Diffraction also takes into account a common final outlet for the image. If you compare two sensors of the same size with different pixel densities, the one with the smaller pixels will be more challenging on the lens, and thus will show diffraction related sharpness problems more apparently (more pixels worth of bluryness). Larger pixels are defeating diffraction by reducing resolution, hardly an optimal solution. In the end if your sensor outperforms you lens, it doesn't matter what physical size the pixels have, the diffraction limit of the lens remains unchanged. Now contrast this to physically increasing the sensor size. Now the airy discs don't just have a changing resolution to deal with, but rather a larger total surface area to play with. They become smaller in the whole image so now the diffraction limit is pushed further back.

    This is explained poorly, but in essence: D40 and D300 both have identical limits. Diffraction limiting sharpness sets in at beyond f/11. D700 and D3 on the other hand with redesigned lenses to suit casting an image over the larger sensor have diffraction limits starting at around f/16 purposes. In all 4 cases we assume the sensor outperforms the lens.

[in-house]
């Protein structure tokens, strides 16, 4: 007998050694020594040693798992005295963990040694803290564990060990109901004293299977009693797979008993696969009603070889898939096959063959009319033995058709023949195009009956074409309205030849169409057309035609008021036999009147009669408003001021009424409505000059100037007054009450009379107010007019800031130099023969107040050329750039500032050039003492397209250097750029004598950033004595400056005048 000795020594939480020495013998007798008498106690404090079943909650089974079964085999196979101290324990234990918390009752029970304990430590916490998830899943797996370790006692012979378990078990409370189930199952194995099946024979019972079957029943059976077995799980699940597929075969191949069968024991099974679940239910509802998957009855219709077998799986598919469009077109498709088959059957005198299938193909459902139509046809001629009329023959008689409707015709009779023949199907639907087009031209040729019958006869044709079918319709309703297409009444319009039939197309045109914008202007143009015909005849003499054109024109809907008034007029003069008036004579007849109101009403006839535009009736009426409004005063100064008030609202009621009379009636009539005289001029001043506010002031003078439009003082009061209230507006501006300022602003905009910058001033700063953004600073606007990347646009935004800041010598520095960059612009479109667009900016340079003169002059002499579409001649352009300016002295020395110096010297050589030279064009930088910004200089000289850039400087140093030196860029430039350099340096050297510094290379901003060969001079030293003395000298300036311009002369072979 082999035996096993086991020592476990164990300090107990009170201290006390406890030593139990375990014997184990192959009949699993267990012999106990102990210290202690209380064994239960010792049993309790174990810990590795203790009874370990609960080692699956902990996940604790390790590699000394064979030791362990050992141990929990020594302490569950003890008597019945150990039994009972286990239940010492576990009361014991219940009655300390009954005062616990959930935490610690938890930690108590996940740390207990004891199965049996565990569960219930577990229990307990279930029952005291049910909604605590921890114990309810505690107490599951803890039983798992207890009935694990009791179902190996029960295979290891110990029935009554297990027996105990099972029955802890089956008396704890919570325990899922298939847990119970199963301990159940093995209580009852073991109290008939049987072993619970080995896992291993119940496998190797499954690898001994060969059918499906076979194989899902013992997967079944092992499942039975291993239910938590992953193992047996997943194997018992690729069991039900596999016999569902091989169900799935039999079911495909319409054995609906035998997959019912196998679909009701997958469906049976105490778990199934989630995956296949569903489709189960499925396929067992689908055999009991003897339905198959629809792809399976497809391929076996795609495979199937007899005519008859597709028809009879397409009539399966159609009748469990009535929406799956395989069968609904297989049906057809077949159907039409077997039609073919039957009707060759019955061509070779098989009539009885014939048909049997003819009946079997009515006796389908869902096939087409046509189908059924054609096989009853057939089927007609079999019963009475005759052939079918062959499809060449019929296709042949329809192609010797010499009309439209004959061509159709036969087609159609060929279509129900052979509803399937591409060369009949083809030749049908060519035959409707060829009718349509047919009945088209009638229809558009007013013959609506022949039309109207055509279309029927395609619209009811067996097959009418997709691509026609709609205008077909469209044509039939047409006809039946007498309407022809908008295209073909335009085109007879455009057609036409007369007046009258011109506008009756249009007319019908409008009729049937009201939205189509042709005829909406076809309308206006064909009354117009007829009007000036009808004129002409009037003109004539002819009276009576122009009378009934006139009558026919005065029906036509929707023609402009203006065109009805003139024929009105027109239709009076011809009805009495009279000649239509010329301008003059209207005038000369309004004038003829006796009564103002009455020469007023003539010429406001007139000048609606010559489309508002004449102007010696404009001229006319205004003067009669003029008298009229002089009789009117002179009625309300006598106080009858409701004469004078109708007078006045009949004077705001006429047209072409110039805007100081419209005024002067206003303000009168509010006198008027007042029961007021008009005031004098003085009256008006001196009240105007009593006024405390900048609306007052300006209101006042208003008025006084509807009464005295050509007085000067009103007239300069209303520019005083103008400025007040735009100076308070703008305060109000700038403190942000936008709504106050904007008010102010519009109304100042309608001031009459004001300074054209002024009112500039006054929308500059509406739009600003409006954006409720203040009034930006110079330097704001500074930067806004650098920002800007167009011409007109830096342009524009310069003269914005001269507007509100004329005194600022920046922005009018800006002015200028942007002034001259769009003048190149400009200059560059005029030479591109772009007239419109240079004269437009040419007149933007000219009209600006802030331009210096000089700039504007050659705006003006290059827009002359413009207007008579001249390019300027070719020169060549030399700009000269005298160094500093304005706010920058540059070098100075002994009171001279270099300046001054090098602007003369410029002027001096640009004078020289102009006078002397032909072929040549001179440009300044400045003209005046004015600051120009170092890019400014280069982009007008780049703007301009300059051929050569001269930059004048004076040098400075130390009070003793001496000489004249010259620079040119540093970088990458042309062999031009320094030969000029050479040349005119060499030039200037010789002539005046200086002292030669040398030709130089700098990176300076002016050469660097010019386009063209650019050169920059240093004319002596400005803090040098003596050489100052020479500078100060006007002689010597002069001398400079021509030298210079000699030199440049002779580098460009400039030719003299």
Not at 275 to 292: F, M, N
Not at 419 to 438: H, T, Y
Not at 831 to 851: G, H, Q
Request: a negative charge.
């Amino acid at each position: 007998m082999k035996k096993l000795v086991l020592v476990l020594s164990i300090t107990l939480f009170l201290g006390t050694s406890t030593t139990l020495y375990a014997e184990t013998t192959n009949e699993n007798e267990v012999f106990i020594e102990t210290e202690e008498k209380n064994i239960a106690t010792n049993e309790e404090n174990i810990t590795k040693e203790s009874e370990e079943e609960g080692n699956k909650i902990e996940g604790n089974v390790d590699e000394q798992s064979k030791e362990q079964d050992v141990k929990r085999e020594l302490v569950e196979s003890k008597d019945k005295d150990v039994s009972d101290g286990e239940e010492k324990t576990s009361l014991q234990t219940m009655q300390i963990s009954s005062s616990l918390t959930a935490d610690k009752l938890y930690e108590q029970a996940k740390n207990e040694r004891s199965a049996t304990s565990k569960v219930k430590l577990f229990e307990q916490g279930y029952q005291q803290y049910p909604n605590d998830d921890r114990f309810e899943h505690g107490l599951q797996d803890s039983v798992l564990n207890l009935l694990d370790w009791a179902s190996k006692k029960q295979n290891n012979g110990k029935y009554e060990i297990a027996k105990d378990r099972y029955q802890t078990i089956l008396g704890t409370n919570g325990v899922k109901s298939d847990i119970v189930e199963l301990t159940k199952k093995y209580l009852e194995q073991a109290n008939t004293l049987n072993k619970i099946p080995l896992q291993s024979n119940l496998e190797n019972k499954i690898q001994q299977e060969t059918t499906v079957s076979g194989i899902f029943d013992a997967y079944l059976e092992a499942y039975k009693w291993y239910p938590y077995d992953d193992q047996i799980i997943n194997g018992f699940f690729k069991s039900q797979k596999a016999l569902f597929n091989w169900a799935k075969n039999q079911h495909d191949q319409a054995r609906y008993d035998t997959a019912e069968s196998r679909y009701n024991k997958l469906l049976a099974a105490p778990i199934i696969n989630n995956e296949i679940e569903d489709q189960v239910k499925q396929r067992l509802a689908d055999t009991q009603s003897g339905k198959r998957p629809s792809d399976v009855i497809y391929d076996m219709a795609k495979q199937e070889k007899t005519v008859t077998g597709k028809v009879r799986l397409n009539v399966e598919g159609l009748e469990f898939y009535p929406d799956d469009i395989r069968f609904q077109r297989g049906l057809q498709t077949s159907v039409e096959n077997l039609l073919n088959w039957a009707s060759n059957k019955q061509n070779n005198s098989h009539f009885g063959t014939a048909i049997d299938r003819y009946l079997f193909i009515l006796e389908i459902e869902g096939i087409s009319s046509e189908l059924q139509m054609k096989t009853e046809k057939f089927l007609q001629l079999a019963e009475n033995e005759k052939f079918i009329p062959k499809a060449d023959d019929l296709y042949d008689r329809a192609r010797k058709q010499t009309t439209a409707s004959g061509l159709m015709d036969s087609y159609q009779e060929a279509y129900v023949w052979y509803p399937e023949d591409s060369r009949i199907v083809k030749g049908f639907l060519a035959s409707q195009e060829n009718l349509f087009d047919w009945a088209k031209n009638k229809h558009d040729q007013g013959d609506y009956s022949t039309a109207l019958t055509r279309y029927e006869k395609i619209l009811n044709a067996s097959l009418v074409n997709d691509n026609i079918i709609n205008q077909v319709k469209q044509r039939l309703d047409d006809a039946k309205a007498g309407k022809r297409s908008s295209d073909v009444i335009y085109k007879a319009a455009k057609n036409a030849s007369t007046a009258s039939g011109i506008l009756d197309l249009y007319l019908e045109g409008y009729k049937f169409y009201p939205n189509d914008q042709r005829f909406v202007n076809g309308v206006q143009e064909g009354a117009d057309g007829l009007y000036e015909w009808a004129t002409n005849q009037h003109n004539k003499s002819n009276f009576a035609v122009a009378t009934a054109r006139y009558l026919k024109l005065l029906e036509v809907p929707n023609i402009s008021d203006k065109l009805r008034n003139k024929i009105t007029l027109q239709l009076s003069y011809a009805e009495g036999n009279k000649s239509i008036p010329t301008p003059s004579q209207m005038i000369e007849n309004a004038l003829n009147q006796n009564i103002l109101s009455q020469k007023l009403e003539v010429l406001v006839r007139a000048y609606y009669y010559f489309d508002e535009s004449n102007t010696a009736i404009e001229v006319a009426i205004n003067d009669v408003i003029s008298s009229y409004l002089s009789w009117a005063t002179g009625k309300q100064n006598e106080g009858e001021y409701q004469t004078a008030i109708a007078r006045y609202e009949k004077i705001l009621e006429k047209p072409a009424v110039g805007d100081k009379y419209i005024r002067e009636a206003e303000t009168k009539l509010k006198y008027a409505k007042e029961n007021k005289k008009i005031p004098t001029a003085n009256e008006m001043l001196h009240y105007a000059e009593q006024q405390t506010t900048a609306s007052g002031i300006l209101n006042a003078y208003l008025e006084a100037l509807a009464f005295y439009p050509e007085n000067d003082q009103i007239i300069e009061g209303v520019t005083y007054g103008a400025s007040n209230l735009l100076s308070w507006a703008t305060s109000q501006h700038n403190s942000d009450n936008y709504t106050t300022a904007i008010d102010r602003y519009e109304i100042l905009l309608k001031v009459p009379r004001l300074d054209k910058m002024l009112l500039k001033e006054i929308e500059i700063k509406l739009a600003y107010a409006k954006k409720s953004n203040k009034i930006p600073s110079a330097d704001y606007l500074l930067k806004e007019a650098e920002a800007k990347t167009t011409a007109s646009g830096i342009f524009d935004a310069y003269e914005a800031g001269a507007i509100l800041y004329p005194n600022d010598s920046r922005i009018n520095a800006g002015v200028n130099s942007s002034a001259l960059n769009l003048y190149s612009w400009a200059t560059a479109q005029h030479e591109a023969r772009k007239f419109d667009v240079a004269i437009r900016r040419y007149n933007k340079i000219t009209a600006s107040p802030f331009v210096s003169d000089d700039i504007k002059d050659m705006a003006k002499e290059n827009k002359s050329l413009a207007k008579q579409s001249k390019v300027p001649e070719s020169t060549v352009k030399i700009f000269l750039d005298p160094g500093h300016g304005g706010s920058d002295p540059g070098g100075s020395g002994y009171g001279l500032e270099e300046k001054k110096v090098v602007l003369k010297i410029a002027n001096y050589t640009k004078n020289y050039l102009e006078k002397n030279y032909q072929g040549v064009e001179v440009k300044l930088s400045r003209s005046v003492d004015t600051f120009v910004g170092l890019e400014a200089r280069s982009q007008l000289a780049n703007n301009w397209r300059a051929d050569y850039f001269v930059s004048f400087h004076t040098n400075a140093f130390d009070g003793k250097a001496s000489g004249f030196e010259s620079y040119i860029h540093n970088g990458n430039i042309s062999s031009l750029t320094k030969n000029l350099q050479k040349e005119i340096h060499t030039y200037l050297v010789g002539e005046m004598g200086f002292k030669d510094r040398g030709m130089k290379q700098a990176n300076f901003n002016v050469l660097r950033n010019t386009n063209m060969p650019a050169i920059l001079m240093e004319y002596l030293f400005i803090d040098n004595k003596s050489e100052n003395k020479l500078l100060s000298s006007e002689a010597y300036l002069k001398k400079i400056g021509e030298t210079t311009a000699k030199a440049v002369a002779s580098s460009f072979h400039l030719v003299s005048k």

7. has981

    has981 TPF Noob!

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    Thanks again Garbz,

    Truly appreciate it. please bear with me as I'm just beginning to see the picture.

    So if I understand you correctly, fixing the resolution (say at 320x240), larger pixels would produce larger sensor area (obviously) which implies shallower DoF. Whereas smaller pixels would produce smaller sensor area increasing the DoF. Also, fixing the resolution, I would benefit from the larger pixels with (and I'm assuming here): 1- less diffraction (without compromising the resolution). 2- better ISO or smaller aperture at the same ISO.

    Should that be true, my next question should be: Does the benefit on DoF obtained by the smaller aperture (in the case of the large pixels) exceed the benefit on DoF produced by the smaller sensor size (of the smaller pixels)?

    Hasan.